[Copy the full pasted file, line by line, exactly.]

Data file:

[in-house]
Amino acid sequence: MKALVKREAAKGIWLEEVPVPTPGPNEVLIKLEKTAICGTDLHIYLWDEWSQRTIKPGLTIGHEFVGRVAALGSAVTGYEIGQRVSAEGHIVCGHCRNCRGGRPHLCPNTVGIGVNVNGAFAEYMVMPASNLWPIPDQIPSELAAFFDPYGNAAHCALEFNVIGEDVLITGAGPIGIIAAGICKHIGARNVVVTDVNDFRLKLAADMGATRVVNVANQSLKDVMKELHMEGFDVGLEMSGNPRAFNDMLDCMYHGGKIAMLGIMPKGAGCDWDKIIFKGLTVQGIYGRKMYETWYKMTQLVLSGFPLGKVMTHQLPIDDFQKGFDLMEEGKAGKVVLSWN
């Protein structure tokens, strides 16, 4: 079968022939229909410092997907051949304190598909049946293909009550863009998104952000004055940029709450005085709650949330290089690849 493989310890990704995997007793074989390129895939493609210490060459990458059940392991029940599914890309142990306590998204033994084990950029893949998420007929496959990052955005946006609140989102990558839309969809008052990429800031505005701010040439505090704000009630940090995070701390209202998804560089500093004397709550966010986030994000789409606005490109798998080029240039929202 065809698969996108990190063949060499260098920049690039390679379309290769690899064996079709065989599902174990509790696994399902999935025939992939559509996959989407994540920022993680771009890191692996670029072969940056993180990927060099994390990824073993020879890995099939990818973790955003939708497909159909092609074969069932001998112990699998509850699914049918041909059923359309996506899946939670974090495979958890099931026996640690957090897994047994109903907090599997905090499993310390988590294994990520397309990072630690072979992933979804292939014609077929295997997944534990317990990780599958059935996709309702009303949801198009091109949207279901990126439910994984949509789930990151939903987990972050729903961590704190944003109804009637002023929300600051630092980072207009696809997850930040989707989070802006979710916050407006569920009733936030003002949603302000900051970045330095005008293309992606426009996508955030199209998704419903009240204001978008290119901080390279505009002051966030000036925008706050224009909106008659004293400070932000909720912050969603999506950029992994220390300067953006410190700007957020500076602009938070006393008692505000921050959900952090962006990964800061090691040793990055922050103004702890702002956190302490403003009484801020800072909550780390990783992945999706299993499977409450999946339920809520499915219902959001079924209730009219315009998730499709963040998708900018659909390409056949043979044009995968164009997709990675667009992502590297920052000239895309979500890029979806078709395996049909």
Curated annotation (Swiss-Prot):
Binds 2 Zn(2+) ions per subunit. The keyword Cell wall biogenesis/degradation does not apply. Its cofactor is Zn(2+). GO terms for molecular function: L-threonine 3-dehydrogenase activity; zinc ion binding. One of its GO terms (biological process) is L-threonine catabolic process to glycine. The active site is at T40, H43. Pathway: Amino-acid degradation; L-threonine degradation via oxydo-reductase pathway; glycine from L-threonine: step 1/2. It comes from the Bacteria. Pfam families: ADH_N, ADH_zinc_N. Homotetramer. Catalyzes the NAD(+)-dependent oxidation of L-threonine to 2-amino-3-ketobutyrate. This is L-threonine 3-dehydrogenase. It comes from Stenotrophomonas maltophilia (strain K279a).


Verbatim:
[in-house]
Amino acid sequence: MKALVKREAAKGIWLEEVPVPTPGPNEVLIKLEKTAICGTDLHIYLWDEWSQRTIKPGLTIGHEFVGRVAALGSAVTGYEIGQRVSAEGHIVCGHCRNCRGGRPHLCPNTVGIGVNVNGAFAEYMVMPASNLWPIPDQIPSELAAFFDPYGNAAHCALEFNVIGEDVLITGAGPIGIIAAGICKHIGARNVVVTDVNDFRLKLAADMGATRVVNVANQSLKDVMKELHMEGFDVGLEMSGNPRAFNDMLDCMYHGGKIAMLGIMPKGAGCDWDKIIFKGLTVQGIYGRKMYETWYKMTQLVLSGFPLGKVMTHQLPIDDFQKGFDLMEEGKAGKVVLSWN
């Protein structure tokens, strides 16, 4: 079968022939229909410092997907051949304190598909049946293909009550863009998104952000004055940029709450005085709650949330290089690849 493989310890990704995997007793074989390129895939493609210490060459990458059940392991029940599914890309142990306590998204033994084990950029893949998420007929496959990052955005946006609140989102990558839309969809008052990429800031505005701010040439505090704000009630940090995070701390209202998804560089500093004397709550966010986030994000789409606005490109798998080029240039929202 065809698969996108990190063949060499260098920049690039390679379309290769690899064996079709065989599902174990509790696994399902999935025939992939559509996959989407994540920022993680771009890191692996670029072969940056993180990927060099994390990824073993020879890995099939990818973790955003939708497909159909092609074969069932001998112990699998509850699914049918041909059923359309996506899946939670974090495979958890099931026996640690957090897994047994109903907090599997905090499993310390988590294994990520397309990072630690072979992933979804292939014609077929295997997944534990317990990780599958059935996709309702009303949801198009091109949207279901990126439910994984949509789930990151939903987990972050729903961590704190944003109804009637002023929300600051630092980072207009696809997850930040989707989070802006979710916050407006569920009733936030003002949603302000900051970045330095005008293309992606426009996508955030199209998704419903009240204001978008290119901080390279505009002051966030000036925008706050224009909106008659004293400070932000909720912050969603999506950029992994220390300067953006410190700007957020500076602009938070006393008692505000921050959900952090962006990964800061090691040793990055922050103004702890702002956190302490403003009484801020800072909550780390990783992945999706299993499977409450999946339920809520499915219902959001079924209730009219315009998730499709963040998708900018659909390409056949043979044009995968164009997709990675667009992502590297920052000239895309979500890029979806078709395996049909």
Curated annotation (Swiss-Prot):
Binds 2 Zn(2+) ions per subunit. The keyword Cell wall biogenesis/degradation does not apply. Its cofactor is Zn(2+). GO terms for molecular function: L-threonine 3-dehydrogenase activity; zinc ion binding. One of its GO terms (biological process) is L-threonine catabolic process to glycine. The active site is at T40, H43. Pathway: Amino-acid degradation; L-threonine degradation via oxydo-reductase pathway; glycine from L-threonine: step 1/2. It comes from the Bacteria. Pfam families: ADH_N, ADH_zinc_N. Homotetramer. Catalyzes the NAD(+)-dependent oxidation of L-threonine to 2-amino-3-ketobutyrate. This is L-threonine 3-dehydrogenase. It comes from Stenotrophomonas maltophilia (strain K279a).